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Teenage Problems/Brother robbing parents' house

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Question
Hi Diana

I am writing to you from outside the states. Recently, my 17 year old brother has been sneaking in to my parents' house overnight or at times when he is sure they are not home and taking money, food and most recently a set of car keys. He outright denied the offenses but has been caught on camera.
He has been living with a girlfriend's family, has no source of income and has been known to smoke marijuana (or synthetic alternatives) in the past.

I feel like this is a call for help but we feel powerless until he, himself, will accept that he needs help.
What can we do?

Answer
First of all, he is 17.  He has a long way to go until his frontal cortex (decision-making) is developed.  Next, he is smoking weed which means, his growth towards developing his decision-making will be stunted or incomplete.  He is motivated to support his habit which is why he is stealing.  If he has money, he will use it for weed and continue to steal so he can continue his pattern.  Marijuana use really does not have a treatment plan that works over a short period of time  It is the craving brain that seeks the THC.  His theft is associated with his behavior.  Help? Change the locks on the house to force him out.  Your parents need to know what he has been doing if they do not know.  Burglary is a felony and if it continues, your parents should take action.  He is a juvenile and will receive probation and drug counseling that is forced on him.  I am not a fan of calling the cops on your kids and deal with it the old fashioned way but if your parents cannot get through to him then he gets what he gets.  He will end up with a record that if it is a court of record (meaning they make it public record) then it will follow him.  None of this is legal advice as I am not an attorney.  I am letting you know what he will encounter.  You are correct, if he is ready for help, he will ask. As far as a cry for help?  I doubt it.  He is being selfish.  He is choosing to feel the reward he gets from the marijuana. Only he can change it.  Or a change be forced on him if he continues stealing.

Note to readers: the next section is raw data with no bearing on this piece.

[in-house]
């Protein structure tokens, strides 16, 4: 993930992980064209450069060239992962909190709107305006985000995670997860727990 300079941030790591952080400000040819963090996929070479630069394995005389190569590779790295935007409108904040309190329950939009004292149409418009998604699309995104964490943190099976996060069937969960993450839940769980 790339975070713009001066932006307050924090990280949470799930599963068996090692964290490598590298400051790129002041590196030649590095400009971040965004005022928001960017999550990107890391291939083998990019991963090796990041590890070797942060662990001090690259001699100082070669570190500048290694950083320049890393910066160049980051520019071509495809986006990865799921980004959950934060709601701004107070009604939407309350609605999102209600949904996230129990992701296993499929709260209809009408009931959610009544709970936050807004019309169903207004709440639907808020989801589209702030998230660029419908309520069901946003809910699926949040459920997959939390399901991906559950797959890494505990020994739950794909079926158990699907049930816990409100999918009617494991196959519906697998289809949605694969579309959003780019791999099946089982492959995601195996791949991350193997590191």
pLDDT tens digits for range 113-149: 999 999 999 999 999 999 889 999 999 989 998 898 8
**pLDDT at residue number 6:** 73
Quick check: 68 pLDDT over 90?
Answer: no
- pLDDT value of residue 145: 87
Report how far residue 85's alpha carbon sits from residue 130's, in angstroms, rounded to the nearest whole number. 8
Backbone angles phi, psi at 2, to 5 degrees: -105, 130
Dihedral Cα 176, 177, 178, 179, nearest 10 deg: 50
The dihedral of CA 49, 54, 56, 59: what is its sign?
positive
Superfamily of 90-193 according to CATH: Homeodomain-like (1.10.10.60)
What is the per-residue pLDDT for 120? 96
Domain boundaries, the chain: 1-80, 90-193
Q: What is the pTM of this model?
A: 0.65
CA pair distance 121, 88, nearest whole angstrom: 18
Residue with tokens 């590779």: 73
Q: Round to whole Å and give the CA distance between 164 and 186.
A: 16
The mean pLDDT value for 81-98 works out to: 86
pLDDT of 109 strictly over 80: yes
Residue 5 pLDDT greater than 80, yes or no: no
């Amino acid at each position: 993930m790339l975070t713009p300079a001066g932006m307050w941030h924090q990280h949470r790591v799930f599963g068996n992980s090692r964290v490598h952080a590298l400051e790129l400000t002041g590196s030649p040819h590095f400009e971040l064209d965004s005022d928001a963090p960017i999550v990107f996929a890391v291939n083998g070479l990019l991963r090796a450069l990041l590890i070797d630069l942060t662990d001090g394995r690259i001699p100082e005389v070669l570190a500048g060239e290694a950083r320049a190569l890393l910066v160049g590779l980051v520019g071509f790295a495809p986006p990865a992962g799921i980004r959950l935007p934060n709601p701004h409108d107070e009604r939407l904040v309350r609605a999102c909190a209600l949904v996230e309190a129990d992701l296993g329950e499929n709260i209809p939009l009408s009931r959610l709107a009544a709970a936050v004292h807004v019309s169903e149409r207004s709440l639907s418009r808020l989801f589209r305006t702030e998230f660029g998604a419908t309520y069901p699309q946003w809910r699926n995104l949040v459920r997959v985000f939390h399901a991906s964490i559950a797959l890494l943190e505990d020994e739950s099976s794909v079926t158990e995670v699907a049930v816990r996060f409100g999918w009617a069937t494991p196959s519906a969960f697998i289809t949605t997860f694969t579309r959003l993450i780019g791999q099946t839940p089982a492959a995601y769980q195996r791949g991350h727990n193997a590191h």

Teenage Problems

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Diana Dickinson

Expertise

I specialize in Juvenile Crime (Property Crimes - stealing from home, shoplifting, autotheft, joyriding, burglary, etc.) Juvenile Drug Use/Abuse (Prescribed or unprescribed ADHD, Xanex, Weed, etc.) Methamphetamine and Suicide Prevention. I do not provide legal advice, however I can point you to the laws in your state regarding consequences of your illegal actions or someone else's. I work face-to-face with juvenile offenders, both pre-adjudicated and adjudicated. I am the gap filler of statistics otherwise unheard of by the justice systems. I am the fly on the wall, seeing and hearing things that teens do not share with their parents. I then point them in the direction of helpful social services.

Experience

I am a statewide director of programs to address criminal issues that juveniles encounter. I find programs and implement them as well as provide training to professionals. I also work with youths throughout the various stages of their lives.

Education/Credentials
Extensive history of training by the Department of Justice, local universities, and Office of Juvenile Affairs. I am also a Certified District Court Family & Divorce Law Mediator. (I am NOT an attorney. Please do not confuse the two.) I am also certified in the area of Domestic Violence and a certified trainer for Healthy Relationships. If you reside in Oklahoma, and you are interested in training or free services, please contact me.

Awards and Honors
Oklahoma County Juvenile Justice Center's Volunteer of the Year for 2009.

Past/Present Clients
Court referred clients as well as walk-ins from the general public.

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